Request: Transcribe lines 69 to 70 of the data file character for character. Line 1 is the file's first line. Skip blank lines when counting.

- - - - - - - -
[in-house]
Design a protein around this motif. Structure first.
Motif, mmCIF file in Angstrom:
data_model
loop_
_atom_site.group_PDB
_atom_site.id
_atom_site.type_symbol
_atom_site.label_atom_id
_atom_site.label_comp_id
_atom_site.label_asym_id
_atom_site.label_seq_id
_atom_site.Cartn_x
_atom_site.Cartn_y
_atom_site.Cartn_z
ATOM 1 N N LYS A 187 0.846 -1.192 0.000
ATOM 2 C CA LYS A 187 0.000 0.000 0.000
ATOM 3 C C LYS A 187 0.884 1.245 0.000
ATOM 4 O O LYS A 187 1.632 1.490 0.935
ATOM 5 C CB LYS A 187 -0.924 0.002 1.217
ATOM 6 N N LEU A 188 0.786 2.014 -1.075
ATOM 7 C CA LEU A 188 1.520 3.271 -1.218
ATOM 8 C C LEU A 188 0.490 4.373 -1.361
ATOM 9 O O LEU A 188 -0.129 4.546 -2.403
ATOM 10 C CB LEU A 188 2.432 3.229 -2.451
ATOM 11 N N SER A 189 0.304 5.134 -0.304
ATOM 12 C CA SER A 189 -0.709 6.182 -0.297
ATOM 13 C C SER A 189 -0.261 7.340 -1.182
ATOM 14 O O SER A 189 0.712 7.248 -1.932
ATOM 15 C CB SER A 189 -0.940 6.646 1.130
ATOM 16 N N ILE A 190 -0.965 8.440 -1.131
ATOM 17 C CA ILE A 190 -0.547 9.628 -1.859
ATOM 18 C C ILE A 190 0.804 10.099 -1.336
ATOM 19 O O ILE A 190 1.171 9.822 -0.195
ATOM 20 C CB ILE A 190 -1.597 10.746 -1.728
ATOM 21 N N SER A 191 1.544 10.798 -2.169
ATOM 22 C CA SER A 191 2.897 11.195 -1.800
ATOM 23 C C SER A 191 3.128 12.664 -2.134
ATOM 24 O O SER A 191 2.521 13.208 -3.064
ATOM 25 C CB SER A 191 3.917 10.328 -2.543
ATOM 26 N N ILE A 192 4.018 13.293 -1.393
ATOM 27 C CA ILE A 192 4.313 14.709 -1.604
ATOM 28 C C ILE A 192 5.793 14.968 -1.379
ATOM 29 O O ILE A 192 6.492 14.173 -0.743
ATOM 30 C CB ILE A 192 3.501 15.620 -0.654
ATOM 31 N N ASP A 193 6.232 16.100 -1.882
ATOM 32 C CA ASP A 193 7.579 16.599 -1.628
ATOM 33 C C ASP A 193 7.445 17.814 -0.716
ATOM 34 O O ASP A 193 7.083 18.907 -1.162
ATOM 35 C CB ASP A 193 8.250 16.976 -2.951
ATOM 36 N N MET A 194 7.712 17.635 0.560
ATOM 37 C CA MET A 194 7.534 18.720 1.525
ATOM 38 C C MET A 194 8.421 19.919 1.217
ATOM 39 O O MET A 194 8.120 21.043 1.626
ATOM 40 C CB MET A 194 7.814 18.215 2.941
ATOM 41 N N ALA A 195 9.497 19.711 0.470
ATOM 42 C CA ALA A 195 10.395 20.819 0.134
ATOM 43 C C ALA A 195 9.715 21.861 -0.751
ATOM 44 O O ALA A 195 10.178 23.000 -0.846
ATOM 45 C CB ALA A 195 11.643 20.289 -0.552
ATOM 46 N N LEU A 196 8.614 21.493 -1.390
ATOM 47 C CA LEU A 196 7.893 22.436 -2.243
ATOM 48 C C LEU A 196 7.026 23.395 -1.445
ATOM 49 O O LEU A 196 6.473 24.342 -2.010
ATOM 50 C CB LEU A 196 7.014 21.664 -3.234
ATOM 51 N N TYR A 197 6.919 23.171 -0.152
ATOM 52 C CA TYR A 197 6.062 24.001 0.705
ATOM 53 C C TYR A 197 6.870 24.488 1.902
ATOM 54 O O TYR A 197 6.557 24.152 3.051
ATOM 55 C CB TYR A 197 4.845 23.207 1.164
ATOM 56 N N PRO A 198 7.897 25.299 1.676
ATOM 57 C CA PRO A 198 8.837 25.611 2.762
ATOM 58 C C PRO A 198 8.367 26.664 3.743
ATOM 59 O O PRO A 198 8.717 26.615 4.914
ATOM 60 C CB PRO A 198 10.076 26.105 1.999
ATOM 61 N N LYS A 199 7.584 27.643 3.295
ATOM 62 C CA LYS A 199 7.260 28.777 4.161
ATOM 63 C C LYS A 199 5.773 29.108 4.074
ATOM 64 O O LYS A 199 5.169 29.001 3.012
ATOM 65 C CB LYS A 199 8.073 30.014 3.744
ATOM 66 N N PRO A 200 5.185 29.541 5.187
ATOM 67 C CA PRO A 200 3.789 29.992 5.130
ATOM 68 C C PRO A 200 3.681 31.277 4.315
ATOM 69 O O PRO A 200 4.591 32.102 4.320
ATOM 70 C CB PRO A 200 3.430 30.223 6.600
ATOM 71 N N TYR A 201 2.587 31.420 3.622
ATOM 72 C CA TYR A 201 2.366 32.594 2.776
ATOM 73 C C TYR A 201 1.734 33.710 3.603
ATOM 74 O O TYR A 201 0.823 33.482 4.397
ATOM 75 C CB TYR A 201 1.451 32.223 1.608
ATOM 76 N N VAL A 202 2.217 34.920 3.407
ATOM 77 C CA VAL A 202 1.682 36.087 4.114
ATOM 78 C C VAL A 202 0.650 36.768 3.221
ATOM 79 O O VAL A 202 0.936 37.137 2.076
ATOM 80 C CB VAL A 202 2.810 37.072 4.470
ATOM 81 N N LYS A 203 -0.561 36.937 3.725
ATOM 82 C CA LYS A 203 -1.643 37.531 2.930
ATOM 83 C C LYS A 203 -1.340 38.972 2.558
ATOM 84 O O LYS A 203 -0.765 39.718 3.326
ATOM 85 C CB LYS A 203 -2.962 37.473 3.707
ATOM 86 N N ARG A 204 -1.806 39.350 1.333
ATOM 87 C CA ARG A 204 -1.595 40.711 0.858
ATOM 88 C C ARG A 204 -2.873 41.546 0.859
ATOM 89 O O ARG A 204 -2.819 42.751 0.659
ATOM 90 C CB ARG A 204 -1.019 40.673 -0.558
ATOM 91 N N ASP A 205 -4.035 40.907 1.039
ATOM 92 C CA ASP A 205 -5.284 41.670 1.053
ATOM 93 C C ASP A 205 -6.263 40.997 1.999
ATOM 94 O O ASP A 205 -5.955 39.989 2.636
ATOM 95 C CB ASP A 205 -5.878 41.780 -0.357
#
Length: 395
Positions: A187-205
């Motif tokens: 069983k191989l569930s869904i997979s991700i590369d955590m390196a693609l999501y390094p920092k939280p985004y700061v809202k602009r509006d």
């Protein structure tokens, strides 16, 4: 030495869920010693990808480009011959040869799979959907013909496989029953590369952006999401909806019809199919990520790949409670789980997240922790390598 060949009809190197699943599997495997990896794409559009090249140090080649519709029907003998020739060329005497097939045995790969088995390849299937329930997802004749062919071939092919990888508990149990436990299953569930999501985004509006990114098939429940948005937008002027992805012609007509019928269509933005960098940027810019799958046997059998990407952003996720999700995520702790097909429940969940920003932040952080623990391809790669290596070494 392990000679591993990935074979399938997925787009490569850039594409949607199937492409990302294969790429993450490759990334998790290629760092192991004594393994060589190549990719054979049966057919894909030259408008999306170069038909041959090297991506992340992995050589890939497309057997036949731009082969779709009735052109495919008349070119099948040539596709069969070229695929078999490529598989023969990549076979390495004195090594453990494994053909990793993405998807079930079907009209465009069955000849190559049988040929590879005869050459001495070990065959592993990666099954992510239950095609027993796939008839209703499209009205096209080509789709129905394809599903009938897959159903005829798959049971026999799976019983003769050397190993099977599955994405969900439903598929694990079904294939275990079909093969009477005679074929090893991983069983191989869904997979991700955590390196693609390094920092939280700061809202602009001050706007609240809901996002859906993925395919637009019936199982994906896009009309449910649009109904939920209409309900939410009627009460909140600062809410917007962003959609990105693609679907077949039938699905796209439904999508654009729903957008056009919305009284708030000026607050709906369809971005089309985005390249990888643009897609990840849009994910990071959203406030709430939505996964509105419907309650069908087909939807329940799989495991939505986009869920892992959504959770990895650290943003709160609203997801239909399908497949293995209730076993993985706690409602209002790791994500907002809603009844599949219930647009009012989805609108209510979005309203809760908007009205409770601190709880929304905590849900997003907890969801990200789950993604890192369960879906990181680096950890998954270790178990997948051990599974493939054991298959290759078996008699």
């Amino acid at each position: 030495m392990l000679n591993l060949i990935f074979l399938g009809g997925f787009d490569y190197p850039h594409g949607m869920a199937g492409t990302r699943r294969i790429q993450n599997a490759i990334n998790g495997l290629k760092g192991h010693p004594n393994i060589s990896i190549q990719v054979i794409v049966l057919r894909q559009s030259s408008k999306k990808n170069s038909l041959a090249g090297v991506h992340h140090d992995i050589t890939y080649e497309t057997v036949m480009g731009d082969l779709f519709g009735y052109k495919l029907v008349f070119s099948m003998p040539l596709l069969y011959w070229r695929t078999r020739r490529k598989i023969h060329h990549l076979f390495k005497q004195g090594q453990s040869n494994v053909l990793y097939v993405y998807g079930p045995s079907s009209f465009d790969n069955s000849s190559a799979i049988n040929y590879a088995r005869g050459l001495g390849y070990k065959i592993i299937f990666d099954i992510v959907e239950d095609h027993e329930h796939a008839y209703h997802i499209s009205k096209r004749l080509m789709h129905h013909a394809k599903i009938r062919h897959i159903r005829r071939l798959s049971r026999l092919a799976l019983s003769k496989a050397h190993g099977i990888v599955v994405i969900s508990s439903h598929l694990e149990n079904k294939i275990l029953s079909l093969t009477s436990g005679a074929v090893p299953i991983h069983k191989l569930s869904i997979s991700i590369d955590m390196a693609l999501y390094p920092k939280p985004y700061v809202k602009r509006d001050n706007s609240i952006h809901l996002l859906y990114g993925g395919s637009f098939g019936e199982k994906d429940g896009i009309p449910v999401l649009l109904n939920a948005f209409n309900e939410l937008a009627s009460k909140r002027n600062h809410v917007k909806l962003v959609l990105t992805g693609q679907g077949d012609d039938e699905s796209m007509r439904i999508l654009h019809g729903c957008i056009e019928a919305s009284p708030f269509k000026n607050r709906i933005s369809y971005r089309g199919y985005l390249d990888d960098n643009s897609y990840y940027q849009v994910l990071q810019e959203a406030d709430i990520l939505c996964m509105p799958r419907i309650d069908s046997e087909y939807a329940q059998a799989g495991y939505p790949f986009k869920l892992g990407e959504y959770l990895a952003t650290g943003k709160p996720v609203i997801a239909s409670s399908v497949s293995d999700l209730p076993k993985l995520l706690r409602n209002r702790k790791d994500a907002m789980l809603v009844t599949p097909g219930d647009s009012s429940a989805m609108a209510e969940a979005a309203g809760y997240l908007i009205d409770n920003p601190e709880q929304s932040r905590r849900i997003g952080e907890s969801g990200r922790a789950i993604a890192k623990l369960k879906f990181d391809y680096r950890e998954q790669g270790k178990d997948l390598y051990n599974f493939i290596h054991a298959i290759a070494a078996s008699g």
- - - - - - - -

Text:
ATOM 54 O O TYR A 197 6.557 24.152 3.051
ATOM 55 C CB TYR A 197 4.845 23.207 1.164